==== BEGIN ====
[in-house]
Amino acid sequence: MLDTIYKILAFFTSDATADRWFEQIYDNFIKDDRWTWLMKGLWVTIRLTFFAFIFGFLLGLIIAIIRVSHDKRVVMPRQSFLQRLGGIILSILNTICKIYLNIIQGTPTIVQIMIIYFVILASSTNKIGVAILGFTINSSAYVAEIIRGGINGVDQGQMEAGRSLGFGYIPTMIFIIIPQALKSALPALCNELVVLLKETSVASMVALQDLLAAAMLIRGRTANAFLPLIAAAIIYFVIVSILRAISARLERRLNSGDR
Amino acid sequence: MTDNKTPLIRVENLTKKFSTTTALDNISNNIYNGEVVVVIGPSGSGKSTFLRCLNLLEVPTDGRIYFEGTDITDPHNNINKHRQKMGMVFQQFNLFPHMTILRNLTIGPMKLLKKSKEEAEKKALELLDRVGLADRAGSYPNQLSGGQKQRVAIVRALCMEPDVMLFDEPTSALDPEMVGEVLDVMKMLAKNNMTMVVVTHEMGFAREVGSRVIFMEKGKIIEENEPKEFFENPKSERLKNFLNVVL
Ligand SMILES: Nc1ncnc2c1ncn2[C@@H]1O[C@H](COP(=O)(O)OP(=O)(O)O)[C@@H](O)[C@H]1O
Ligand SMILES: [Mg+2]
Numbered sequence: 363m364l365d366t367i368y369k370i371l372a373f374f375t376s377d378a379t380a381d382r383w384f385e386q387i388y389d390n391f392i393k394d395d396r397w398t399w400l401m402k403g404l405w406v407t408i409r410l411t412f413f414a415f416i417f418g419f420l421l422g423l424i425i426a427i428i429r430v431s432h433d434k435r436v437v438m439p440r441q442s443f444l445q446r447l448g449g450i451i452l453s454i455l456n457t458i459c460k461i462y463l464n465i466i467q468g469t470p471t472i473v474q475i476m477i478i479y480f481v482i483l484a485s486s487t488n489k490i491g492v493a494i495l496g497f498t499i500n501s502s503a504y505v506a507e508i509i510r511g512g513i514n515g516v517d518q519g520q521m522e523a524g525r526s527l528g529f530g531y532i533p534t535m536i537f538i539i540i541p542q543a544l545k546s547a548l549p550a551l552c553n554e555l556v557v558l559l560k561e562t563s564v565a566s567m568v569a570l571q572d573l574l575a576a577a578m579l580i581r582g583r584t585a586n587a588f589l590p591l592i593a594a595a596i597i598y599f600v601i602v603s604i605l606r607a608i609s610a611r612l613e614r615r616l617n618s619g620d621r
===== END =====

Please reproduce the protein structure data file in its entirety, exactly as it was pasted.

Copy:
[in-house]
Amino acid sequence: MLDTIYKILAFFTSDATADRWFEQIYDNFIKDDRWTWLMKGLWVTIRLTFFAFIFGFLLGLIIAIIRVSHDKRVVMPRQSFLQRLGGIILSILNTICKIYLNIIQGTPTIVQIMIIYFVILASSTNKIGVAILGFTINSSAYVAEIIRGGINGVDQGQMEAGRSLGFGYIPTMIFIIIPQALKSALPALCNELVVLLKETSVASMVALQDLLAAAMLIRGRTANAFLPLIAAAIIYFVIVSILRAISARLERRLNSGDR
Amino acid sequence: MTDNKTPLIRVENLTKKFSTTTALDNISNNIYNGEVVVVIGPSGSGKSTFLRCLNLLEVPTDGRIYFEGTDITDPHNNINKHRQKMGMVFQQFNLFPHMTILRNLTIGPMKLLKKSKEEAEKKALELLDRVGLADRAGSYPNQLSGGQKQRVAIVRALCMEPDVMLFDEPTSALDPEMVGEVLDVMKMLAKNNMTMVVVTHEMGFAREVGSRVIFMEKGKIIEENEPKEFFENPKSERLKNFLNVVL
Ligand SMILES: Nc1ncnc2c1ncn2[C@@H]1O[C@H](COP(=O)(O)OP(=O)(O)O)[C@@H](O)[C@H]1O
Ligand SMILES: [Mg+2]
Numbered sequence: 363m364l365d366t367i368y369k370i371l372a373f374f375t376s377d378a379t380a381d382r383w384f385e386q387i388y389d390n391f392i393k394d395d396r397w398t399w400l401m402k403g404l405w406v407t408i409r410l411t412f413f414a415f416i417f418g419f420l421l422g423l424i425i426a427i428i429r430v431s432h433d434k435r436v437v438m439p440r441q442s443f444l445q446r447l448g449g450i451i452l453s454i455l456n457t458i459c460k461i462y463l464n465i466i467q468g469t470p471t472i473v474q475i476m477i478i479y480f481v482i483l484a485s486s487t488n489k490i491g492v493a494i495l496g497f498t499i500n501s502s503a504y505v506a507e508i509i510r511g512g513i514n515g516v517d518q519g520q521m522e523a524g525r526s527l528g529f530g531y532i533p534t535m536i537f538i539i540i541p542q543a544l545k546s547a548l549p550a551l552c553n554e555l556v557v558l559l560k561e562t563s564v565a566s567m568v569a570l571q572d573l574l575a576a577a578m579l580i581r582g583r584t585a586n587a588f589l590p591l592i593a594a595a596i597i598y599f600v601i602v603s604i605l606r607a608i609s610a611r612l613e614r615r616l617n618s619g620d621r